Tuesday, June 30, 2009

Why did we give away our karaoke machine?

My Grandpa gave my sister, Sara, and me a karaoke machine when we were 12 and 10 years old after he witnessed the Japanese phenomenon hit Hawaii, where he lived the last years of his life.

I can remember singing Ebony and Ivory over and over and over again in the upstairs living room like my life depended on it...sometimes I went solo if Sara wasn't available for the duet version :) Little did I know that one day all of that practice would come in handy.

My husband and I walked into a small sushi bar last night just off a side road in dowtown Shimoda, a sleepy beach town that many Japanese call their Hamptons. (Having not been to the Hamptons I can't really attest to the validity of this statement; however, Shimoda certainly seems far more laid back and less posh than I imagine the celebs' summer hotspot to be.)

I think we picked the right night for the little nook that we chose. Within 10 minutes it was packed with locals ordering sushi, sashimi, oysters and lots of sake. Thanks to my husband's near perfect Japanese accent, his encylopedic knowledge of major Japanese time periods and their baseball league, he hit it off right away with our neighbors at the bar, two gregarious men, Arai and Ishida.

Three bottles of sake later and we were off to Arai's favorite karaoke bar.

Little did I know, but my husband is a damn good karaoke singer. Unafraid of his mediocre singing skills or the random cracking of the throat, he saved me from a near catastrophic attempt at paying tribute to Michael Jackson via Billie Jean.

(Note to self: karaoke machine growing up or not - public singing is not for me!)

Elvis Presley, the Beatles...he threw down and the crowd loved it.

The sake and beer were flowing, but the best part of the night really was how kind and welcoming Aisa and Ishida were to us. We only had a few phrases and scattered words of English and Japanese to exchange with one another but we said goodbye feeling like old friends.

And that is why I love to travel.

(Images via Google Image Search)

Sunday, June 28, 2009

So that's why I never made my Junior National cut

I started swimming competively at age seven.
If you ever swam for a U.S.S. club team than you know that you only get two weeks off per year. Depending on your talent and commitment level, you swim at least six days per week and often times, double workouts three to four times a week. You're in amazing, kick ass shape. For women like myself, your shoulders will never be bigger and your back will never intimidate any punk teenage jerk as it does then.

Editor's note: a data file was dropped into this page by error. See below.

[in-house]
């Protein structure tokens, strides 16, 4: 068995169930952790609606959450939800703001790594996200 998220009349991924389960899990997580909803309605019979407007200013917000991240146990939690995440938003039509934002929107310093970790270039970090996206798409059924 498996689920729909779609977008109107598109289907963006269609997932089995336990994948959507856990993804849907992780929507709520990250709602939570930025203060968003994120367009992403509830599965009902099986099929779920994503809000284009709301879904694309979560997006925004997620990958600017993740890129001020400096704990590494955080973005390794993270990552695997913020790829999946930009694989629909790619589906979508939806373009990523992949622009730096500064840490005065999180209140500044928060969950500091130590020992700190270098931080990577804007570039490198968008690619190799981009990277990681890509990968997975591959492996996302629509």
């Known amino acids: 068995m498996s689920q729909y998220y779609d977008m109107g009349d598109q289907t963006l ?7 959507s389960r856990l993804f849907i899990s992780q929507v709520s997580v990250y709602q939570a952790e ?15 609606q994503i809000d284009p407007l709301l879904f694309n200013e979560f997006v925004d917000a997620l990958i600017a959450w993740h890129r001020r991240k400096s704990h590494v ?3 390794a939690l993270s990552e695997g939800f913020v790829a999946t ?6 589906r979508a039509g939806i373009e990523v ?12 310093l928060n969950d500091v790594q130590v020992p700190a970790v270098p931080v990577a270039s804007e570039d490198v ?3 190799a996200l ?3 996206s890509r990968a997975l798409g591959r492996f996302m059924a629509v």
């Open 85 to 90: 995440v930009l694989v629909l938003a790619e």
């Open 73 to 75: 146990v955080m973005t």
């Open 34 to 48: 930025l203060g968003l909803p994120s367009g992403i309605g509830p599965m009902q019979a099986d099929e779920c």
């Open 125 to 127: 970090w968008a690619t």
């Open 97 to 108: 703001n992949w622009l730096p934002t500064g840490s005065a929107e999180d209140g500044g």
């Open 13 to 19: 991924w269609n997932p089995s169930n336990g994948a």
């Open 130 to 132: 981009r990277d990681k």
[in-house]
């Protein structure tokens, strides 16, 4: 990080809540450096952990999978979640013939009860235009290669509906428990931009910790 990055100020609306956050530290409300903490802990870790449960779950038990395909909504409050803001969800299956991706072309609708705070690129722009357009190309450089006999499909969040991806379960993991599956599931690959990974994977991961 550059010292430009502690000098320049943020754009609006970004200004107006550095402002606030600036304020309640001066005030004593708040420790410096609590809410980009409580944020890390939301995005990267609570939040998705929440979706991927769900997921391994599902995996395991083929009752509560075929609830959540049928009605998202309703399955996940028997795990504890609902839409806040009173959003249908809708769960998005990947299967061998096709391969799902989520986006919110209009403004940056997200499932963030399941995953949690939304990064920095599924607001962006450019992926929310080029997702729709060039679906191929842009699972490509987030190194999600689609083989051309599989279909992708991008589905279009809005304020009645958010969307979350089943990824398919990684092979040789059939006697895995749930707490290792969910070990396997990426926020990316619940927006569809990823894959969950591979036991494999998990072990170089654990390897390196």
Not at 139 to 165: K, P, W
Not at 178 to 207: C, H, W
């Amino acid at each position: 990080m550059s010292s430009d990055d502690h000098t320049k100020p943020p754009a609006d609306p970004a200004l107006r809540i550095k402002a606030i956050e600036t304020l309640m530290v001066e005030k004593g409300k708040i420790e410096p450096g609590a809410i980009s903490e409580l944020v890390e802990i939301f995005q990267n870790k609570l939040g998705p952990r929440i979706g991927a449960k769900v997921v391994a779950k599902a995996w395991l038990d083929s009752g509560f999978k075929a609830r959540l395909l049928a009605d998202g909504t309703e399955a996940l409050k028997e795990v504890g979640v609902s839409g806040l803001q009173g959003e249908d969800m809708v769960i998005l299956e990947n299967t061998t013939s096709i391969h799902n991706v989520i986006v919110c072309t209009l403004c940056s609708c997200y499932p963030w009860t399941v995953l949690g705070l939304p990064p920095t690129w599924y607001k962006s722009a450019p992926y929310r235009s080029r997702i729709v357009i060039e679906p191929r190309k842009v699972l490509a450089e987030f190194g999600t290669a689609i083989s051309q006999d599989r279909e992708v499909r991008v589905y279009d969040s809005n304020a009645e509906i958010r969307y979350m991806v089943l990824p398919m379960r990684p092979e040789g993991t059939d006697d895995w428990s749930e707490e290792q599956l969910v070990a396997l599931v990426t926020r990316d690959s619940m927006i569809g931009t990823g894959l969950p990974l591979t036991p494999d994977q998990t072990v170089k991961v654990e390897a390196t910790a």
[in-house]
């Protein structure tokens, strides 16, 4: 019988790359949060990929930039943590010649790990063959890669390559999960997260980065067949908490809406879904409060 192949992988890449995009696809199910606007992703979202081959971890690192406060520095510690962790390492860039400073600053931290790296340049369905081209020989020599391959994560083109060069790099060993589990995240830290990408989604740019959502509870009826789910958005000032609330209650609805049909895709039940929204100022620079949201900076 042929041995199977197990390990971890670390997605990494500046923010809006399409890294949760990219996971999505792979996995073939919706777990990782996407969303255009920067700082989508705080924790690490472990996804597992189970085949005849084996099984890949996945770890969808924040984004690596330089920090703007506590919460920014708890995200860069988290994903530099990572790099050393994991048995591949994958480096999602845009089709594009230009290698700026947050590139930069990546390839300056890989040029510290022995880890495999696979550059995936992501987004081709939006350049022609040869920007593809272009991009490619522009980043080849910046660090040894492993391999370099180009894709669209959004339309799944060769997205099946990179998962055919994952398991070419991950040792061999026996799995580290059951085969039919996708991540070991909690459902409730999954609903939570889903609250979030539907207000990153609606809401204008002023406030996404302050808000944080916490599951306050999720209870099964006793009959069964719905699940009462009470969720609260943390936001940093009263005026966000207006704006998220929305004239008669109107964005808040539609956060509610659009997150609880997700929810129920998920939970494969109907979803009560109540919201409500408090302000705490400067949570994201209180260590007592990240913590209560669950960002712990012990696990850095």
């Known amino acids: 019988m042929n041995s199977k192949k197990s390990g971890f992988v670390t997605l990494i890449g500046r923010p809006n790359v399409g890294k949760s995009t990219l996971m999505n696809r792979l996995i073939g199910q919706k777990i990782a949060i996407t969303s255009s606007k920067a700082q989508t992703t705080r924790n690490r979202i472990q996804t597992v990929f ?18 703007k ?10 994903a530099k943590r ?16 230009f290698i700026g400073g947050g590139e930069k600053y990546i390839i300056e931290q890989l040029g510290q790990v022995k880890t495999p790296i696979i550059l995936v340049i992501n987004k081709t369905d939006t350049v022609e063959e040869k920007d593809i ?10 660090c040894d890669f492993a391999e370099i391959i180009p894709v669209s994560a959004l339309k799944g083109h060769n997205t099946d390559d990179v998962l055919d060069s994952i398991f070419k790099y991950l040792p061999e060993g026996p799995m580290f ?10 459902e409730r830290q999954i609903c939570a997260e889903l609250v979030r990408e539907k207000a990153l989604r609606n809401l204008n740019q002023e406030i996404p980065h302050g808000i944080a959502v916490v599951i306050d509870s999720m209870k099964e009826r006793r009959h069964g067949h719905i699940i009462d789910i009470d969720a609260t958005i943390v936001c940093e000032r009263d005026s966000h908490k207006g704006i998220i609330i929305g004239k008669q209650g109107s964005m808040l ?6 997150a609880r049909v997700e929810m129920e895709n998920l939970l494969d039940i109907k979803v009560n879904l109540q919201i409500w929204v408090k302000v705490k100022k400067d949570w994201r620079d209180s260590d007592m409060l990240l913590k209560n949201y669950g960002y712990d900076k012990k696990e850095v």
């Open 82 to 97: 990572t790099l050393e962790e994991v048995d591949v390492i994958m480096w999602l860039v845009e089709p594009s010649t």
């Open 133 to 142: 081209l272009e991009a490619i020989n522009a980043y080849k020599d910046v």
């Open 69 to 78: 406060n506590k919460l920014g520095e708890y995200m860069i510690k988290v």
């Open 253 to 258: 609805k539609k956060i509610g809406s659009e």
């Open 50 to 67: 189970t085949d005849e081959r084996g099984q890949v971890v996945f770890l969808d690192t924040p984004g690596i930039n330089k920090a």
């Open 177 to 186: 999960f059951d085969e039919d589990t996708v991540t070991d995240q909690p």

At that age I never dreamt of a career other than that of an Olympic swimmer. I wanted to be the next Jenny Thompson in the 100 fly. Medaling was less my aspiration; being a part of the Olympic Games was the ultimate goal. But as the years progressed it became quite clear that that vision of success was not to be mine. In the eight years since I stopped swimming competitively I've often wondered if my illusions of aquatic grandeur were doomed from the beginning and I was just damn good at fooling myself of my rather average capabilities. I've found that it's pretty f*ing hard being honest with one self about mediocrity, especially when I pursued swimming as a single-minded pursuit all those years.

So there I was today on the Shinkasen bullet train, traveling from Hiroshima to Shimoda, reading Malcolm Gladwell's Outliers: The Story of Success, when a long overdue reality check hit me. Gladwell - in case you're not familiar with the book - argues that if you want to understand why very successful people got to where they are today, we should spend less tim focusing on their intelligence and ambition and more at "looking around them - at such things such as their family, their birthplace, or even their birthdate." These elements shape a person's potential for success in life, and often times more so than their innate gifts.

My point?

Gladwell points out that many of our most talented humans, including Bill Gates and Mozart, were surely gifted intellectually, but what set them apart was practice.